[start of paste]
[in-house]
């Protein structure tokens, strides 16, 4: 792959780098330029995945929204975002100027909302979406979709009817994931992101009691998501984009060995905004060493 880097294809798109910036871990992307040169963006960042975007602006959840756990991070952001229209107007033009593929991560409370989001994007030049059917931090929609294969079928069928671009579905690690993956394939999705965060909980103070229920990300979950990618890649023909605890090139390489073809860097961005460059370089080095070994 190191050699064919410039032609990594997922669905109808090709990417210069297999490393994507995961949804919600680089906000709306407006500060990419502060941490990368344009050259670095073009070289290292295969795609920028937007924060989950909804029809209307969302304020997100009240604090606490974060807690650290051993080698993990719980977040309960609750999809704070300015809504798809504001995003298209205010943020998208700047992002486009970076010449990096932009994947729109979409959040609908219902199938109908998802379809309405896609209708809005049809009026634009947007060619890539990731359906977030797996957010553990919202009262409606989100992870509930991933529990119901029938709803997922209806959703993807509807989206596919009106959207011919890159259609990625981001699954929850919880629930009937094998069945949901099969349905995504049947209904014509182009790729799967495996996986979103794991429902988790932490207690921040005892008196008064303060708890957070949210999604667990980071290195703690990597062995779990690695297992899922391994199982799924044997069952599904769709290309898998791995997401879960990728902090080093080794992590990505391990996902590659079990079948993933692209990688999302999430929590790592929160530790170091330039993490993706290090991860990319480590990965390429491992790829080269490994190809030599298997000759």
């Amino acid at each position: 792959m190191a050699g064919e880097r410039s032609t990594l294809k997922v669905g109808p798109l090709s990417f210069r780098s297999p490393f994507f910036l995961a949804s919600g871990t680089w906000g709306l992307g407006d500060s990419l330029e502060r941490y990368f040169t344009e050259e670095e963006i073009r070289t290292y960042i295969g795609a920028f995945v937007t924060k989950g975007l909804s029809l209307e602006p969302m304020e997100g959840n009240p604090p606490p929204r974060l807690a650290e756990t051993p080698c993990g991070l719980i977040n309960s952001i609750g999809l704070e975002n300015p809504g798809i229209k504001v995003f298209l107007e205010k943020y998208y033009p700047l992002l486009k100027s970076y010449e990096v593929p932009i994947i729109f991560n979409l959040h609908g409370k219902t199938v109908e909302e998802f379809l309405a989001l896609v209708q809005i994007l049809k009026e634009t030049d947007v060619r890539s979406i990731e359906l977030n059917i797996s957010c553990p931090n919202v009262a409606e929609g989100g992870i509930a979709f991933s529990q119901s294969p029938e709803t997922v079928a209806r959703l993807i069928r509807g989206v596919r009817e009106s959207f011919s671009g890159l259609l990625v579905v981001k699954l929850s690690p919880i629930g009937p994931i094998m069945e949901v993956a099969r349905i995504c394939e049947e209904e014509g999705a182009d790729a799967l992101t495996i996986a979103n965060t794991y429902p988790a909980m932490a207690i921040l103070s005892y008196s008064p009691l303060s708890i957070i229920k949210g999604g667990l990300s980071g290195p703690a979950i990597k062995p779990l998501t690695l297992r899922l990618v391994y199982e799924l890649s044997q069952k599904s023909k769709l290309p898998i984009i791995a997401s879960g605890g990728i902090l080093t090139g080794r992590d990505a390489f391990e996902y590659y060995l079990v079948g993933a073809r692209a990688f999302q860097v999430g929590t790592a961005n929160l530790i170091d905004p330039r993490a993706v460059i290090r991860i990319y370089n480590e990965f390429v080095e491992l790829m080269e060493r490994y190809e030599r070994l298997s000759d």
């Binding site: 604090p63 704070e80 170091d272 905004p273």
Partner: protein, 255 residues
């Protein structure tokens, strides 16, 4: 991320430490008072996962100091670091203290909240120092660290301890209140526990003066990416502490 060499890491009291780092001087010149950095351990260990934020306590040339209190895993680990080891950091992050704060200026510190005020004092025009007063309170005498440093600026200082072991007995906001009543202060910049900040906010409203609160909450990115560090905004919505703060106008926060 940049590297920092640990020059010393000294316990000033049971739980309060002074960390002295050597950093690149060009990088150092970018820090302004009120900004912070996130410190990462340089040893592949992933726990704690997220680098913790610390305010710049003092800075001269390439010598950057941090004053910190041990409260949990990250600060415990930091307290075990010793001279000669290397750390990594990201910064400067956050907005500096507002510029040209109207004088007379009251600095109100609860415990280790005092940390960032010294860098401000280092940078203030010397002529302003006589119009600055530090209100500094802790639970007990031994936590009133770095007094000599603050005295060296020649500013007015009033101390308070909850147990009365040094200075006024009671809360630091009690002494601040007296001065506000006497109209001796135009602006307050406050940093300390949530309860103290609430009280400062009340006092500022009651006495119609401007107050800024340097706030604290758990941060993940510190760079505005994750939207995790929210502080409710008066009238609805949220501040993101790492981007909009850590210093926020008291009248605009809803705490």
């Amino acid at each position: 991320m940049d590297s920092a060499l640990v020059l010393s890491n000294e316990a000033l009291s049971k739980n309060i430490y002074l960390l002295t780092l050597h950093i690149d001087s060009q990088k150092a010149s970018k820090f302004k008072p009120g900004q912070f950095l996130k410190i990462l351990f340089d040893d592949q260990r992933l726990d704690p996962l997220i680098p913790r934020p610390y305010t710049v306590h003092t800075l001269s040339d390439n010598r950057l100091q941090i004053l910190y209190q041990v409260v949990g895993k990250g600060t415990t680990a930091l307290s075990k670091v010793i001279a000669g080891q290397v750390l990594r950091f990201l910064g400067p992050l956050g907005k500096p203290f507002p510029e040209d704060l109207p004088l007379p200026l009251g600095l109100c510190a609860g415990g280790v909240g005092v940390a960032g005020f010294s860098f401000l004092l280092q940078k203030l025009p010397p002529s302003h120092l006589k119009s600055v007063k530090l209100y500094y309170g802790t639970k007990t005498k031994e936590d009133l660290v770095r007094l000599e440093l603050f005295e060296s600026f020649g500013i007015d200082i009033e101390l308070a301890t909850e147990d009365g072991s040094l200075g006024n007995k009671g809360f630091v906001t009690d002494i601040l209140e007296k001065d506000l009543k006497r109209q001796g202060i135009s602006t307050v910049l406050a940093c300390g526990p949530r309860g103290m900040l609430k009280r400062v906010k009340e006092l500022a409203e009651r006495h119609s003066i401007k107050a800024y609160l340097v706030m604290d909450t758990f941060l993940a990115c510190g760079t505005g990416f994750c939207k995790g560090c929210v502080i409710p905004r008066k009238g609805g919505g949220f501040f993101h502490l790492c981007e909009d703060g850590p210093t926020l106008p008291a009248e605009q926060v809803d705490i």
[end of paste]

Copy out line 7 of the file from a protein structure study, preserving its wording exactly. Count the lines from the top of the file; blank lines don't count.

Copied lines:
């Amino acid at each position: 991320m940049d590297s920092a060499l640990v020059l010393s890491n000294e316990a000033l009291s049971k739980n309060i430490y002074l960390l002295t780092l050597h950093i690149d001087s060009q990088k150092a010149s970018k820090f302004k008072p009120g900004q912070f950095l996130k410190i990462l351990f340089d040893d592949q260990r992933l726990d704690p996962l997220i680098p913790r934020p610390y305010t710049v306590h003092t800075l001269s040339d390439n010598r950057l100091q941090i004053l910190y209190q041990v409260v949990g895993k990250g600060t415990t680990a930091l307290s075990k670091v010793i001279a000669g080891q290397v750390l990594r950091f990201l910064g400067p992050l956050g907005k500096p203290f507002p510029e040209d704060l109207p004088l007379p200026l009251g600095l109100c510190a609860g415990g280790v909240g005092v940390a960032g005020f010294s860098f401000l004092l280092q940078k203030l025009p010397p002529s302003h120092l006589k119009s600055v007063k530090l209100y500094y309170g802790t639970k007990t005498k031994e936590d009133l660290v770095r007094l000599e440093l603050f005295e060296s600026f020649g500013i007015d200082i009033e101390l308070a301890t909850e147990d009365g072991s040094l200075g006024n007995k009671g809360f630091v906001t009690d002494i601040l209140e007296k001065d506000l009543k006497r109209q001796g202060i135009s602006t307050v910049l406050a940093c300390g526990p949530r309860g103290m900040l609430k009280r400062v906010k009340e006092l500022a409203e009651r006495h119609s003066i401007k107050a800024y609160l340097v706030m604290d909450t758990f941060l993940a990115c510190g760079t505005g990416f994750c939207k995790g560090c929210v502080i409710p905004r008066k009238g609805g919505g949220f501040f993101h502490l790492c981007e909009d703060g850590p210093t926020l106008p008291a009248e605009q926060v809803d705490i």